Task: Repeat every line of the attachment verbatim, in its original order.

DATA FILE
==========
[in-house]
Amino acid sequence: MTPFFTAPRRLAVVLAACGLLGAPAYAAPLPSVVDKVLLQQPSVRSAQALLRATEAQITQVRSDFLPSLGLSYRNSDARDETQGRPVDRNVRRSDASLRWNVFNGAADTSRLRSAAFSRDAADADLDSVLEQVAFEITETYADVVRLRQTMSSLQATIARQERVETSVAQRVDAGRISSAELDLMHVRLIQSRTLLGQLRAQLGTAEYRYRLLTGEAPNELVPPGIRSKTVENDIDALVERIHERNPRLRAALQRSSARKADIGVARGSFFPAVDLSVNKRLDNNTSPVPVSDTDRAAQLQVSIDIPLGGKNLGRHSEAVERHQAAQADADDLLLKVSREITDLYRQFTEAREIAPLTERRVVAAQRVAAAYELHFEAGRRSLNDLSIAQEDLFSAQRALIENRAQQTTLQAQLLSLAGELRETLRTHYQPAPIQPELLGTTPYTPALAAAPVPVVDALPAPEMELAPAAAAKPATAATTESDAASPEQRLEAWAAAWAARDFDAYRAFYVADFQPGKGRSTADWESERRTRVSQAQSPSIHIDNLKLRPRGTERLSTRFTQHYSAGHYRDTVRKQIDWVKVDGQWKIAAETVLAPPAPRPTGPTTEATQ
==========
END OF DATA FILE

[in-house]
Amino acid sequence: MTPFFTAPRRLAVVLAACGLLGAPAYAAPLPSVVDKVLLQQPSVRSAQALLRATEAQITQVRSDFLPSLGLSYRNSDARDETQGRPVDRNVRRSDASLRWNVFNGAADTSRLRSAAFSRDAADADLDSVLEQVAFEITETYADVVRLRQTMSSLQATIARQERVETSVAQRVDAGRISSAELDLMHVRLIQSRTLLGQLRAQLGTAEYRYRLLTGEAPNELVPPGIRSKTVENDIDALVERIHERNPRLRAALQRSSARKADIGVARGSFFPAVDLSVNKRLDNNTSPVPVSDTDRAAQLQVSIDIPLGGKNLGRHSEAVERHQAAQADADDLLLKVSREITDLYRQFTEAREIAPLTERRVVAAQRVAAAYELHFEAGRRSLNDLSIAQEDLFSAQRALIENRAQQTTLQAQLLSLAGELRETLRTHYQPAPIQPELLGTTPYTPALAAAPVPVVDALPAPEMELAPAAAAKPATAATTESDAASPEQRLEAWAAAWAARDFDAYRAFYVADFQPGKGRSTADWESERRTRVSQAQSPSIHIDNLKLRPRGTERLSTRFTQHYSAGHYRDTVRKQIDWVKVDGQWKIAAETVLAPPAPRPTGPTTEATQ